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Polanski hearing puts focus on documentary filmmaker

Attorneys quote heavily from movie in an effort to get the case against fugitive director dismissed.

February 17, 2009|Harriet Ryan

When a hearing gets underway this afternoon in Roman Polanski's attempt to have a 1977 child sex case against him dismissed, documentary filmmaker Marina Zenovich will take a seat in the jury box alongside her cameraman.

The position allows a good angle for capturing action in the well of the courtroom, but it is also a fitting metaphor for the central role Zenovich and her lens have played in revisiting the case.

New information in her documentary, "Roman Polanski: Wanted and Desired," forms the basis of the director's request for dismissal of the case. His charges of judicial and prosecutorial misconduct are grounded in revelations in the film, which HBO aired last year.

In court papers, Polanski's lawyers quoted extensively from Zenovich's interviews with former prosecutors and a defense attorney, and they submitted a DVD and transcript of the film to the judge considering the case.

The effect of the documentary initially surprised Zenovich, a former actress whose previous films were more lighthearted examinations of subjects such as a pan-European singing contest and a French criminal turned actor.

"It was never my goal. I just wanted to finish the film and get it out there so people could see it," said the 45-year-old who lives in Los Angeles with her husband and young son.

Zenovich plans to tape today's proceedings with an eye toward a follow-up, but whether the movie gets the case reopened, let alone dismissed, remains unclear.

The Los Angeles County district attorney's office opposed even putting the hearing on the court calendar because of Polanski's fugitive status. Prosecutors contend that Superior Court Judge Peter Espinoza should not entertain the request for dismissal until the director surrenders to U.S. authorities.

"Polanski can't ask this court to do anything," Deputy Dist. Atty. Patrick Dixon said during a hearing Friday.

Zenovich said she had tried to remain impartial, but was frustrated by the prosecution's emphasis on challenging Polanski's legal standing to protest his case, rather than the allegations of judicial and prosecutorial misconduct.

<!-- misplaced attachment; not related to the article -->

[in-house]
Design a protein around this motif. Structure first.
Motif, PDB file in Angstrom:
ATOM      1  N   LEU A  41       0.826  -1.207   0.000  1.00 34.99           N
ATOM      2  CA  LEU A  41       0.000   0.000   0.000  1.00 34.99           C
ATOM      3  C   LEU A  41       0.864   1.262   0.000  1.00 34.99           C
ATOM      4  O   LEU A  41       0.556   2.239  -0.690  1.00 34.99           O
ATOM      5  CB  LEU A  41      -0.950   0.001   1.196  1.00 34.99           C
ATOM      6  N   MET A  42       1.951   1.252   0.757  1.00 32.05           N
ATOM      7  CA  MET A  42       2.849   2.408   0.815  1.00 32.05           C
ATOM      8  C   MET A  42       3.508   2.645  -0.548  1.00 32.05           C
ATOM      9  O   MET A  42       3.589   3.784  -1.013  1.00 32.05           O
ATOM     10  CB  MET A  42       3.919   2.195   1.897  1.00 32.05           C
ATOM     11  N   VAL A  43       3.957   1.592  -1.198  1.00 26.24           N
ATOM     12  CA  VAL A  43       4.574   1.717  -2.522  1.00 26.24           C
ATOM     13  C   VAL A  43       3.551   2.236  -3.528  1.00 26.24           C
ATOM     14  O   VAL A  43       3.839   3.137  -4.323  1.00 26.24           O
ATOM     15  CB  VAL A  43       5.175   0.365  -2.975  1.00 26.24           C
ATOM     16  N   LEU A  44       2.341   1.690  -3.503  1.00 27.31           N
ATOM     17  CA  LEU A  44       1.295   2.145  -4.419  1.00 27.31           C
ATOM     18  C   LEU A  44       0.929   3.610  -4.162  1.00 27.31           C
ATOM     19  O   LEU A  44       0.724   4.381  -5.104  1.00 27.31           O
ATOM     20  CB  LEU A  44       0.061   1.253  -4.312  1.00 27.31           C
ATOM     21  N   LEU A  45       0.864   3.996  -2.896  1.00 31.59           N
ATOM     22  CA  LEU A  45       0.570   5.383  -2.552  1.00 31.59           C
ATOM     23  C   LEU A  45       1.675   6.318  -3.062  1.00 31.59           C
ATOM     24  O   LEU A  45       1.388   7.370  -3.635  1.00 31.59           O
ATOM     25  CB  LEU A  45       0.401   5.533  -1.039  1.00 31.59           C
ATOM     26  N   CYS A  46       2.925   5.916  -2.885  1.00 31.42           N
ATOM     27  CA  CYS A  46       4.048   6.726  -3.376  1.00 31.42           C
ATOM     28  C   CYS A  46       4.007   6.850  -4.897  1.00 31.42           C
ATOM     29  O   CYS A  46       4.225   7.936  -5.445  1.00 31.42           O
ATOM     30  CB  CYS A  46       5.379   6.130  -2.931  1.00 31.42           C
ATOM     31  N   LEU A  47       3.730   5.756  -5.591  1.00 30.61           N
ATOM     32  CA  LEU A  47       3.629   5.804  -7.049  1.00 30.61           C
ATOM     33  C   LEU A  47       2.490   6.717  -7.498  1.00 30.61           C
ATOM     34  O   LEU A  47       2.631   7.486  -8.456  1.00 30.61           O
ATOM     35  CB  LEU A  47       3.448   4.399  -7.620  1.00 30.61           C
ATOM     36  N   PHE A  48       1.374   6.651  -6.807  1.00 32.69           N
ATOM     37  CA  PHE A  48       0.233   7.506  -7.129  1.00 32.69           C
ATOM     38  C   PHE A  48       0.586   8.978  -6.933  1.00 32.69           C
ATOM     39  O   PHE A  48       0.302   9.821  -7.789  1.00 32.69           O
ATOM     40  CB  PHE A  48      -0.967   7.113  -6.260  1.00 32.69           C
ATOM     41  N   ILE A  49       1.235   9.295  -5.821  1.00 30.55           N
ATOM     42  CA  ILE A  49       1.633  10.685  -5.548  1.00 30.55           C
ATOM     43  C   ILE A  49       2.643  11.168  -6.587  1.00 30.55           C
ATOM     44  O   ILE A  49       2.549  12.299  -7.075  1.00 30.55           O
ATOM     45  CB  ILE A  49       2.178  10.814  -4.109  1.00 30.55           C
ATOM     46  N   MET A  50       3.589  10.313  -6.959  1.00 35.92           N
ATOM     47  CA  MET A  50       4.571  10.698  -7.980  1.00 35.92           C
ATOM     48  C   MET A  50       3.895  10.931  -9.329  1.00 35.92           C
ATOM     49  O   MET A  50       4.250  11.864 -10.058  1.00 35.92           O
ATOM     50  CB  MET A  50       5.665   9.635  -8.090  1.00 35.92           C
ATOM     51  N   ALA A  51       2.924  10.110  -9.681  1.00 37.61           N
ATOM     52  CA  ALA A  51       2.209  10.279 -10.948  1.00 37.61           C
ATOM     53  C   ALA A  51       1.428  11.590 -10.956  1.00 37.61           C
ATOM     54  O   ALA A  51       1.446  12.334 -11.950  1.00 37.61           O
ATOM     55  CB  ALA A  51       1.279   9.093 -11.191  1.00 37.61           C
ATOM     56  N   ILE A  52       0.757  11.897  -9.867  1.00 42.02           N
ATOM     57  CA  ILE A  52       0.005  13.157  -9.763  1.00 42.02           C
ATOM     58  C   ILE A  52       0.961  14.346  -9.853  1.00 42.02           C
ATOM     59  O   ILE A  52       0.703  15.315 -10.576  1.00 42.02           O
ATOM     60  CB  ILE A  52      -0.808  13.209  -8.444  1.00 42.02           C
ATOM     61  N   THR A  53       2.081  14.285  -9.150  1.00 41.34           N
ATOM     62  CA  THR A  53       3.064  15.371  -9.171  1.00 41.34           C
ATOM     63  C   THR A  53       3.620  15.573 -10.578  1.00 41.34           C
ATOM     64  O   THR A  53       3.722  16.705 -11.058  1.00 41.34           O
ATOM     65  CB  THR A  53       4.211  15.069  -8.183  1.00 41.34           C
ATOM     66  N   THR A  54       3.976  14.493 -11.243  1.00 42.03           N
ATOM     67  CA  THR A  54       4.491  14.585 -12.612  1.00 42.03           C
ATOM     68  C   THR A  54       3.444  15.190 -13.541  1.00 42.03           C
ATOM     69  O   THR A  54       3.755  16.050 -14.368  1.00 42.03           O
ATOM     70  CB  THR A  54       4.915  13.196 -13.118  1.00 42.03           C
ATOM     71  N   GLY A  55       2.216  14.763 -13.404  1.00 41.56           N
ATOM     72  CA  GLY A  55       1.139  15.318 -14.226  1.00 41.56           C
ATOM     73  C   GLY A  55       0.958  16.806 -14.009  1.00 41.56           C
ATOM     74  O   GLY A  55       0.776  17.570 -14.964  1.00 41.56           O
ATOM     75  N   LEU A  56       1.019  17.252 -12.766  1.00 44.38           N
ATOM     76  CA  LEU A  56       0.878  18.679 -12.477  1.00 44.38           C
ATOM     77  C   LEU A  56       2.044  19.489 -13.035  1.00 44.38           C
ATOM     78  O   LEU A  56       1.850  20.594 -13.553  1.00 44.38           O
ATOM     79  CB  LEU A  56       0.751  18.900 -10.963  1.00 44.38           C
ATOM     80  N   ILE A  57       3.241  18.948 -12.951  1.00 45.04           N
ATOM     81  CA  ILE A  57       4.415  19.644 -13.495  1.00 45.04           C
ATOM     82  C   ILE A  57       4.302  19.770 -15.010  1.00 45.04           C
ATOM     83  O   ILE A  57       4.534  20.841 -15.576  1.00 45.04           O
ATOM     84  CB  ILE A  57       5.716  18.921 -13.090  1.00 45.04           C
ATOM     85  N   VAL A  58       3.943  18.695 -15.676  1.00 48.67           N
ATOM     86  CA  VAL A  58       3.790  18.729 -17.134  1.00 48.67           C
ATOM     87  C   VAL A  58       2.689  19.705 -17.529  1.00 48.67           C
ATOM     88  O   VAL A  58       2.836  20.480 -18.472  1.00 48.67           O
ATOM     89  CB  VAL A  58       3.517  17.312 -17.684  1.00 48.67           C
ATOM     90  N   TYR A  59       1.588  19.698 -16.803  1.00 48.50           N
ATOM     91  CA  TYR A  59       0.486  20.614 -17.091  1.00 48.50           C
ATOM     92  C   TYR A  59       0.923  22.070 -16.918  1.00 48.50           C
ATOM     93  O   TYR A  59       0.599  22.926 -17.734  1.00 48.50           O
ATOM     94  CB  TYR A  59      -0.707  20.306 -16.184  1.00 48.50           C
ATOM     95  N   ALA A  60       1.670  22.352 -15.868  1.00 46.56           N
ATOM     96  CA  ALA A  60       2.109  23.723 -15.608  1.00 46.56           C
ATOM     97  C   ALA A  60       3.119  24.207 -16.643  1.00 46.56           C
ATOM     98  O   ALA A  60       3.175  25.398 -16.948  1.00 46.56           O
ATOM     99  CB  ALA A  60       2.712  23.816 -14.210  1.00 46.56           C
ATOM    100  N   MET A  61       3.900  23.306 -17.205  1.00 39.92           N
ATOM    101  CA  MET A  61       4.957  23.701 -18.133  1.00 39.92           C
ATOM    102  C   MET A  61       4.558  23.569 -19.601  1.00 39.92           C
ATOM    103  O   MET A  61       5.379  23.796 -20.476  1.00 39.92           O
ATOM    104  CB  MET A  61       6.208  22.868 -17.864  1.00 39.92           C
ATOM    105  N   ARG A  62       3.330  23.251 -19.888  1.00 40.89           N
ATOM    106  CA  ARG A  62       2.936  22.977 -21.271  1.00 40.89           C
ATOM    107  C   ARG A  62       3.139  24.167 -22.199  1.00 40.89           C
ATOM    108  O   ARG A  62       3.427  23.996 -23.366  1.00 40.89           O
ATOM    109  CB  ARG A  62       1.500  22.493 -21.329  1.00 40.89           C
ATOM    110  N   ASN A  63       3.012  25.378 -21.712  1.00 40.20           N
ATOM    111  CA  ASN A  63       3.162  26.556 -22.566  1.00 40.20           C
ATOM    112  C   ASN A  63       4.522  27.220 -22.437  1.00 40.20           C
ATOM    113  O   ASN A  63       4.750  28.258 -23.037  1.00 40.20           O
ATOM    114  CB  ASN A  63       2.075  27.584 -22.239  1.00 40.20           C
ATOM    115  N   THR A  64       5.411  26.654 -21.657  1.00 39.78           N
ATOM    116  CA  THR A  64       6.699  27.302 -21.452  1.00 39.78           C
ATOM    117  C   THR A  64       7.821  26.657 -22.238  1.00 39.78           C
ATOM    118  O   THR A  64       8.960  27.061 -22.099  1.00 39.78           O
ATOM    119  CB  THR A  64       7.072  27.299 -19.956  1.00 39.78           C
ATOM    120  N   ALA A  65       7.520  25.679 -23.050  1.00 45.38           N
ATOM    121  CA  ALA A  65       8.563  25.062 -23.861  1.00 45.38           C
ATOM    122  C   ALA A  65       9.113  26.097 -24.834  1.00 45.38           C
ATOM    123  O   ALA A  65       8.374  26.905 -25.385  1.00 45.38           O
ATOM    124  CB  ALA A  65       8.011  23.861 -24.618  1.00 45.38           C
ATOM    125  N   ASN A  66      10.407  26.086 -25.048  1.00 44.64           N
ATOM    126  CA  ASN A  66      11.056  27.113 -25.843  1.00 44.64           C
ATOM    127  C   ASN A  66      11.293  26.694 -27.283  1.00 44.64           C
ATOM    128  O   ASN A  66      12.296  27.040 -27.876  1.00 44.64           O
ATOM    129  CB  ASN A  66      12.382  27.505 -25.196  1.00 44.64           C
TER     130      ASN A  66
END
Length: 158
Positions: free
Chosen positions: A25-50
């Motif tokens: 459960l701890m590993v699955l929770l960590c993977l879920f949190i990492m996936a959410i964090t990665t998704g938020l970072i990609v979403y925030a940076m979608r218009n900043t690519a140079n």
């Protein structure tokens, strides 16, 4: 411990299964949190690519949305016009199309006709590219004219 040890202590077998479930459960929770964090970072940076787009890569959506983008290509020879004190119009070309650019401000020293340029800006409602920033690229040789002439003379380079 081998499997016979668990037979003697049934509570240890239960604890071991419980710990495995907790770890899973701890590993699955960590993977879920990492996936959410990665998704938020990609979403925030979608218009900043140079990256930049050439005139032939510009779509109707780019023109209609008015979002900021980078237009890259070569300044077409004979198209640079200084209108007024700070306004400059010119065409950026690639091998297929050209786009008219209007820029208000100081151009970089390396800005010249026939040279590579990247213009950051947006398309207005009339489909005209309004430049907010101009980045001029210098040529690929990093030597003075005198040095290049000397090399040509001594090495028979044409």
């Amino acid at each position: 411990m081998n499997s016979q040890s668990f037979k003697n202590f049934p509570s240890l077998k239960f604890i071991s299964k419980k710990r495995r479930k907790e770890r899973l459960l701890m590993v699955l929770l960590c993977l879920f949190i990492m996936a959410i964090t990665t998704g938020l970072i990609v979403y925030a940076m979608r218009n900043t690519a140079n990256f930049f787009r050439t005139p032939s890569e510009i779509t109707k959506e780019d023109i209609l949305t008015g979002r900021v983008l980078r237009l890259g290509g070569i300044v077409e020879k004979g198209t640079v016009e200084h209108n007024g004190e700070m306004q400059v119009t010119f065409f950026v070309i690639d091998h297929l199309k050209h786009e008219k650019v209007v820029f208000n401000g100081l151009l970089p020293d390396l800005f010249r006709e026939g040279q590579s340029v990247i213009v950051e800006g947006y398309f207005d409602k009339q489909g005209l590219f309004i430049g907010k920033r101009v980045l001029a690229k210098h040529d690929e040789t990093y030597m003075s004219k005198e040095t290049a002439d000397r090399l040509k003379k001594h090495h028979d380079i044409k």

"I am shocked at how the facts are just being ignored," she said.

Sandi Gibbons, a spokeswoman for the district attorney's office, declined to comment on the role of Zenovich's film.

"We will have plenty to say inside court," Gibbons said.

Polanski pleaded guilty to having intercourse with a 13-year-old girl who said he raped her during a photo shoot at Jack Nicholson's house. In 1978, Polanski fled to France, where he has lived since. His attorney had informed him that the judge overseeing the case planned to sentence him to prison despite the recommendation of a probation official and the victim.

Zenovich's film presents an unflattering portrayal of Judge Laurence Rittenband, now deceased, suggesting that he backtracked on the sentencing agreement and made fleeing the country an attractive choice for Polanski.

One former prosecutor interviewed said last month that he was under the impression the documentary would have limited release -- perhaps only in Europe -- when he spoke to Zenovich and had been careless with his words.

"A lot of that stuff I said was just off the top of my head," said David Wells, the former prosecutor.

Zenovich was first drawn to the case six years ago by a Times article discussing whether Polanski would return to the U.S. if "The Pianist" -- a film he directed -- was nominated for an Academy Award. Among those pushing authorities to resolve the case was Polanski's victim, Samantha Geimer. Her lawyer called the day Polanski fled "a shameful day" for the American judicial system, a remark that convinced Zenovich the case was worthy of a documentary.

"That just doesn't make sense," she recalled thinking.

Polanski won an Academy Award for his film, but did not return to accept it. Zenovich spent the next five years on her film. The director declined to be interviewed on camera, she said.

"He was very sorry, but he thought it would look like self-promotion," she said.

The documentary only briefly touches on the crime, instead focusing on the legal proceedings.

"The facts for me were never about what happened that night," said Zenovich, noting that the crime and Polanski's flight were extensively covered by the media at the time. "It was about what happened after that night."

She said Polanski phoned her after the movie was released.

"He thanked me for having courage to make the film," she said.

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harriet.ryan@latimes.com

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